The street version was created with a lower compression ratio (from 12.5 to 10.25:1), milder valve timing, different intake and exhaust manifolds, and cast iron heads, instead of aluminum, for long term reliability.
During its eight year production life, the street 426 Hemi saw updated camshafts (more duration was added in 1968, and a hydraulic bumpstick was used beginning in 1970) but few other changes. Chrysler kept the engine's horsepower and torque ratings, 425 hp at 5000rpm and 490 foot-pounds of torque at 4000 rpm, when ratings switched from gross to net. Four bolt mains were standard on every 426 Hemi, street or race.
In 1965, the A-990 racing Hemi was launched, using aluminum heads and magnesium intake manifolds to cut weight.
Given their high cost (which included modifying cars to handle the power), not many 426 Street Hemis were made. Steve Boelhouwer wrote that there were 741 "race Hemis" in B-bodies in 1964-67, and 155 in 1968 'Cudas and Darts. Street Hemi production (probably inaccurate) appears to have totaled just 10,904 from 1966 to 1971, with the highest numbers by far in 1966 (3,350).
The motor was essentially ruled out of NASCAR in the 1970s, and emissions laws, production costs, and insurance surcharges ended the street version after 1971.
Willem Weertman wrote, "There had to be ... [a] decision whether or not to continue with that level of engineering work, or we should say 'the Hemi has done its job, let's discontinue it now, we don't want it to ever get a flavor of being a mild-mannered engine.' So, in 1970, we said, 'let's stop production.'" https://www.allpar.com/corporate/bios/weertman.html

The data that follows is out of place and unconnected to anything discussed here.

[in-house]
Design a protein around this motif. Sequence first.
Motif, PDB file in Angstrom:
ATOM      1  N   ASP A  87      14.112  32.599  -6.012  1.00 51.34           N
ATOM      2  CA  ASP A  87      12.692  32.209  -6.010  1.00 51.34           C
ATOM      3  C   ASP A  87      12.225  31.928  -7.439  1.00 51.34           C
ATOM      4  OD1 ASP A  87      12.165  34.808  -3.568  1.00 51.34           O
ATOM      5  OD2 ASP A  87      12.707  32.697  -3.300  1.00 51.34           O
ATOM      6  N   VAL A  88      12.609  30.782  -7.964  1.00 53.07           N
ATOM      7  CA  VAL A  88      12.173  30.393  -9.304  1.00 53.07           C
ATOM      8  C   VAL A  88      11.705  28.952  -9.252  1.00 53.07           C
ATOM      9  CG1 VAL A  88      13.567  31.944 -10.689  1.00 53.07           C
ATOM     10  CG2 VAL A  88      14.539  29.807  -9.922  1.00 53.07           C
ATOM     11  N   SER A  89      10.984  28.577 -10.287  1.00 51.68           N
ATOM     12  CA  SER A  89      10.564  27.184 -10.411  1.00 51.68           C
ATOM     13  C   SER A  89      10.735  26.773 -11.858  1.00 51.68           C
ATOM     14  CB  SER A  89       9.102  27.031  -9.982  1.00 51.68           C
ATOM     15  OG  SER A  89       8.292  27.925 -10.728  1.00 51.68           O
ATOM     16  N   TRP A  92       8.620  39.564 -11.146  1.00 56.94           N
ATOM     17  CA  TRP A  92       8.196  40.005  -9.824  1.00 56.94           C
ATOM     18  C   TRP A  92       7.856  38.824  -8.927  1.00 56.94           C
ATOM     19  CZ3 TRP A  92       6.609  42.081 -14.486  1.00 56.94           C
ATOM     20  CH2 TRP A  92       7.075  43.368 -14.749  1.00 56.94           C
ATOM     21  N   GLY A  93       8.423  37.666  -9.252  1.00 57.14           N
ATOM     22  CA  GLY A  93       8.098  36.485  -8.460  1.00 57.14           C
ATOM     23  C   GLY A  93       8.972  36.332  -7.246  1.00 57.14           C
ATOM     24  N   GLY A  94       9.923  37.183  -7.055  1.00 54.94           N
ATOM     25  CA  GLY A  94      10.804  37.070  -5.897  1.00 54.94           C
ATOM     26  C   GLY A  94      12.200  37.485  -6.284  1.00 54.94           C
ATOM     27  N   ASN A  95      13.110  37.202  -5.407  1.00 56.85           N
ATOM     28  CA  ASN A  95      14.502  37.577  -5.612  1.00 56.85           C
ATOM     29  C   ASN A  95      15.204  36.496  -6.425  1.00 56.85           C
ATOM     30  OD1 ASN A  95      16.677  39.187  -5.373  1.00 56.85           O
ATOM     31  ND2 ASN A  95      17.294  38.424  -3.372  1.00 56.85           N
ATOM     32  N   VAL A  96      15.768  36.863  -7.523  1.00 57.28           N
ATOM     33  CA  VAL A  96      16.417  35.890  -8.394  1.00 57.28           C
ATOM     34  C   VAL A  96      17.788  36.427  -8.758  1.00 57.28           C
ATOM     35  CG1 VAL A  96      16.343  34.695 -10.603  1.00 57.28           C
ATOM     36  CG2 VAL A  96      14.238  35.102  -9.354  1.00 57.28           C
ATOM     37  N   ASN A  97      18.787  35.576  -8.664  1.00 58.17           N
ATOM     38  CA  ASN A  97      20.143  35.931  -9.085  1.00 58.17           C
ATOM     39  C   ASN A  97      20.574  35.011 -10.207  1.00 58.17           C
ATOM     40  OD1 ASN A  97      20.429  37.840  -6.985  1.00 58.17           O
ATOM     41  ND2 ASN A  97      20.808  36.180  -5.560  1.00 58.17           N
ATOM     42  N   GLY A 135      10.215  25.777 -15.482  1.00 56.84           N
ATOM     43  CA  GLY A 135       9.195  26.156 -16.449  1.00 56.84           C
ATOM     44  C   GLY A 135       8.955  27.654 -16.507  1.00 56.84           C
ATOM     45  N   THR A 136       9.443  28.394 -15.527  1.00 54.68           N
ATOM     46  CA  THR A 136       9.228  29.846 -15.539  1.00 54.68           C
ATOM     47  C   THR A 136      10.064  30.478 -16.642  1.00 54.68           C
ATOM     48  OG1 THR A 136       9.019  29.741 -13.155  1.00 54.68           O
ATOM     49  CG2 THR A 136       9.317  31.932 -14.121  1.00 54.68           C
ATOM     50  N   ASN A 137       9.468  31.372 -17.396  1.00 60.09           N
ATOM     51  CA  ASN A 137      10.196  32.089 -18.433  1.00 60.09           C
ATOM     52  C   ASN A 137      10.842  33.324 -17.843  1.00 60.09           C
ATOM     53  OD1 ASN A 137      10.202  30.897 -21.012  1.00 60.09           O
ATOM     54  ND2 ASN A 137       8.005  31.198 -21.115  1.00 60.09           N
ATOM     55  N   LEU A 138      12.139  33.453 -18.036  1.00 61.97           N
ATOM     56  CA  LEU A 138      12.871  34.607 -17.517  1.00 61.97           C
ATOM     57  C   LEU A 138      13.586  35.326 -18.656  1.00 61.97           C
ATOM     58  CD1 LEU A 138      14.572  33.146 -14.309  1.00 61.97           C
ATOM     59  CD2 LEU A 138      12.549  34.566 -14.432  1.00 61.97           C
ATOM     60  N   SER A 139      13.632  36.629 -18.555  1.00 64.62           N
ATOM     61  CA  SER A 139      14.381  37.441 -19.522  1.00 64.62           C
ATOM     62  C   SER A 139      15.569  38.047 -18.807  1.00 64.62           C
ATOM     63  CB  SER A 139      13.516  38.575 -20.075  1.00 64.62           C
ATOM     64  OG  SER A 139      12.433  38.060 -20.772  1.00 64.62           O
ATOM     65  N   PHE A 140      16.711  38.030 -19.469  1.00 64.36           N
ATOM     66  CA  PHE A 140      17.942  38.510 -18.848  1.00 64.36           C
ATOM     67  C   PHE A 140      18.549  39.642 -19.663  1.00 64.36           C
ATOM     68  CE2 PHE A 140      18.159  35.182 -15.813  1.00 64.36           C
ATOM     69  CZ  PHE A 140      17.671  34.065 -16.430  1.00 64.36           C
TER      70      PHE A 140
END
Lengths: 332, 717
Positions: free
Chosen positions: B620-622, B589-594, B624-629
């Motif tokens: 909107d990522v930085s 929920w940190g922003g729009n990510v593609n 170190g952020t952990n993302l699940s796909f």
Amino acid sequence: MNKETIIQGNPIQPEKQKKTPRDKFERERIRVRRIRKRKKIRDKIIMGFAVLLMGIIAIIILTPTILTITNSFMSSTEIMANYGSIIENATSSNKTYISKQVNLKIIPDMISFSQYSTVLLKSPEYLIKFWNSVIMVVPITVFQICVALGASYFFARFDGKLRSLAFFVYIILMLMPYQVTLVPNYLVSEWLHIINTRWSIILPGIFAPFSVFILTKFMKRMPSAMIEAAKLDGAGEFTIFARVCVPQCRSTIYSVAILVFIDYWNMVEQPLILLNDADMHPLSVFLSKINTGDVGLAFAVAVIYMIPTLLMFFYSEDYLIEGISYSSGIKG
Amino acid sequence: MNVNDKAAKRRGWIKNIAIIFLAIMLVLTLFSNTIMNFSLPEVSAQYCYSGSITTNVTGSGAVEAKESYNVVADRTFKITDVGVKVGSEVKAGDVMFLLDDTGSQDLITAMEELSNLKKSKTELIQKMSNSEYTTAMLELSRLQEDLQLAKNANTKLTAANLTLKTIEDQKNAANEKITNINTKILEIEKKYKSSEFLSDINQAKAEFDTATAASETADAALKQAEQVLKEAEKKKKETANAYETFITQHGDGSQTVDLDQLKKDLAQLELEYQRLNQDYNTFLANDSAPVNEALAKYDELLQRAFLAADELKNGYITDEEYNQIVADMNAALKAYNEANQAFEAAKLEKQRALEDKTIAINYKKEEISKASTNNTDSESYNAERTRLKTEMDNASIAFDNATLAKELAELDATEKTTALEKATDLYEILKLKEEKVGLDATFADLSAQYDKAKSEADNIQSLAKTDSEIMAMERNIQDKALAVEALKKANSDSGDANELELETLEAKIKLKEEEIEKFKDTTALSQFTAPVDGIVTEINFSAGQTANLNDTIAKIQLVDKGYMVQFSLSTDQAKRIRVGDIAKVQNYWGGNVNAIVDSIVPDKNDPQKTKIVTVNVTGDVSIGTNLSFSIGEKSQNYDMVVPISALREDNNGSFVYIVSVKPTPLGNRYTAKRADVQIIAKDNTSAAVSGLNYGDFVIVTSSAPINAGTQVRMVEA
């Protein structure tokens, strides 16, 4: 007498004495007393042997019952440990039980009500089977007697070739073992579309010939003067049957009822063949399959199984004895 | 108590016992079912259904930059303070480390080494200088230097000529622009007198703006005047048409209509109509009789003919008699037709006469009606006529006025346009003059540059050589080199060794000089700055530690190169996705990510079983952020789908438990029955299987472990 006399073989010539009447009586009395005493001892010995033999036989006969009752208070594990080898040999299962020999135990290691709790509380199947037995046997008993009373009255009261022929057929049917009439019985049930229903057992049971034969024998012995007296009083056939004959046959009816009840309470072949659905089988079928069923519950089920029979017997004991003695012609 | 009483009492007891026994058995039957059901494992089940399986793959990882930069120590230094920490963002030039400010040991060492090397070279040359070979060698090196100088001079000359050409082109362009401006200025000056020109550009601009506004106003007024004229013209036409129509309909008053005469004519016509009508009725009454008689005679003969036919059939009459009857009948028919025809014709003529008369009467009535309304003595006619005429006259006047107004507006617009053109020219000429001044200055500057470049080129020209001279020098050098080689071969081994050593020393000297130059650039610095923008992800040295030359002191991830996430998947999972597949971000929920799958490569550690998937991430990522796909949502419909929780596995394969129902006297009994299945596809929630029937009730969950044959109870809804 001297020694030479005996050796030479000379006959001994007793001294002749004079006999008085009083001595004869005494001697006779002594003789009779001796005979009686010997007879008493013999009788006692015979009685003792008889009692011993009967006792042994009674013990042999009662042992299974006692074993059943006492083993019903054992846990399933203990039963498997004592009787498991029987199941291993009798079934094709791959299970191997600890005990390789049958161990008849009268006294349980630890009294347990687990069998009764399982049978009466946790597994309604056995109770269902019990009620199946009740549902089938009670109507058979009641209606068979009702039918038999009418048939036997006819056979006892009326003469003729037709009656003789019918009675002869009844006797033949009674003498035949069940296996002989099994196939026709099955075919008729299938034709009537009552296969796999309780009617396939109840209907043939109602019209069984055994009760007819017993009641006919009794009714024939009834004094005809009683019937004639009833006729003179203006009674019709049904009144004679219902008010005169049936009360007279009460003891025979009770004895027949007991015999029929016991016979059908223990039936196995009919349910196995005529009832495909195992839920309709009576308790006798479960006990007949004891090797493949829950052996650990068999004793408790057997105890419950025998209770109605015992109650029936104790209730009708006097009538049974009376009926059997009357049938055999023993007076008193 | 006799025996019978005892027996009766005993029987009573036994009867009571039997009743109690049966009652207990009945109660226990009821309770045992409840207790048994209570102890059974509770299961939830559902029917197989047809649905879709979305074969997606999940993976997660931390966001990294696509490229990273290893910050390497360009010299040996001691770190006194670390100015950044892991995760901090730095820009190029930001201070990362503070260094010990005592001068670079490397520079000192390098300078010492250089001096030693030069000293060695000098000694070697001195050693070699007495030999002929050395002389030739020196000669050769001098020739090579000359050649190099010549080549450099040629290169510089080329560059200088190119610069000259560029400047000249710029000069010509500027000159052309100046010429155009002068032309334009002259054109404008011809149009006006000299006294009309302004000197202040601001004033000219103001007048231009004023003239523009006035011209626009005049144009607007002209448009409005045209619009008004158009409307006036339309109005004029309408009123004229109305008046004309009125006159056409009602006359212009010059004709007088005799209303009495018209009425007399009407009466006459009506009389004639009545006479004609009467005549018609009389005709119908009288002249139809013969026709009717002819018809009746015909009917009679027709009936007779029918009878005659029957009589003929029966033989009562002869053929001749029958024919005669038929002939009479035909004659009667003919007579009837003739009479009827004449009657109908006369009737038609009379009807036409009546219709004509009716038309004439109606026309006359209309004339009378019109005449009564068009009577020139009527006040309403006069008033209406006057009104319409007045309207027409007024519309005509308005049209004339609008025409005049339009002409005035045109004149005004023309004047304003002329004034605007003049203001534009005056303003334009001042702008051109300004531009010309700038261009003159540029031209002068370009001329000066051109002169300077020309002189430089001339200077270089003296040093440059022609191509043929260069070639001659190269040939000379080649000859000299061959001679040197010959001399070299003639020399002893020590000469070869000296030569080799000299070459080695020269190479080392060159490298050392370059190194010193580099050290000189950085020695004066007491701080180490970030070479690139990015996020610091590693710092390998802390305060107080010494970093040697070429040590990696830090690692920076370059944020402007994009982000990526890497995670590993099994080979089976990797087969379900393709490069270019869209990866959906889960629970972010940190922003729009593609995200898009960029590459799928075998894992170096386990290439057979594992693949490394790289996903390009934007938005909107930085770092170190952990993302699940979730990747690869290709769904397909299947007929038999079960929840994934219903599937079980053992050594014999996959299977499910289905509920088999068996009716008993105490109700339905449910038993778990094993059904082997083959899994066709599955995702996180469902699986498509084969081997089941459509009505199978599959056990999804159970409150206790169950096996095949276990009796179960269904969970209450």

It still dominated the top drag racing classes more than twenty-five years later. Aluminum versions power virtually all top fuel dragsters and funny cars (including those with other brands painted on the top), and are often used in drag boats and "monster" trucks. Restored Hemi muscle cars carry astronomical prices.
In 1993, Mopar began manufacturing a new Hemi block, and since then almost all of the other Hemi parts have also been re-introduced.
Hemi engine valves
by retired engineer Pete Hagenbuch
As to the remainder of the Hemi world, I served by providing advice and consultation on matters having to do with valve train. And since this was as far as 40 years in the past I claim only slight memory of anything involving numbers. The nominal stem diameter was 5/16;" normal valves were 3/8". I remember the valve head diameters as about 2 1/4" intake and 1 7/8" exhaust. I am quite sure that the fillet between stem and underhead was hand spiral polished. I remember that scuffing of the valve tips was not uncommon, though never a serious problem. The scuffing was a product of the small tip area of the skinny valve stems.
Twin spark plug Hemi
|1970 Street Hemi|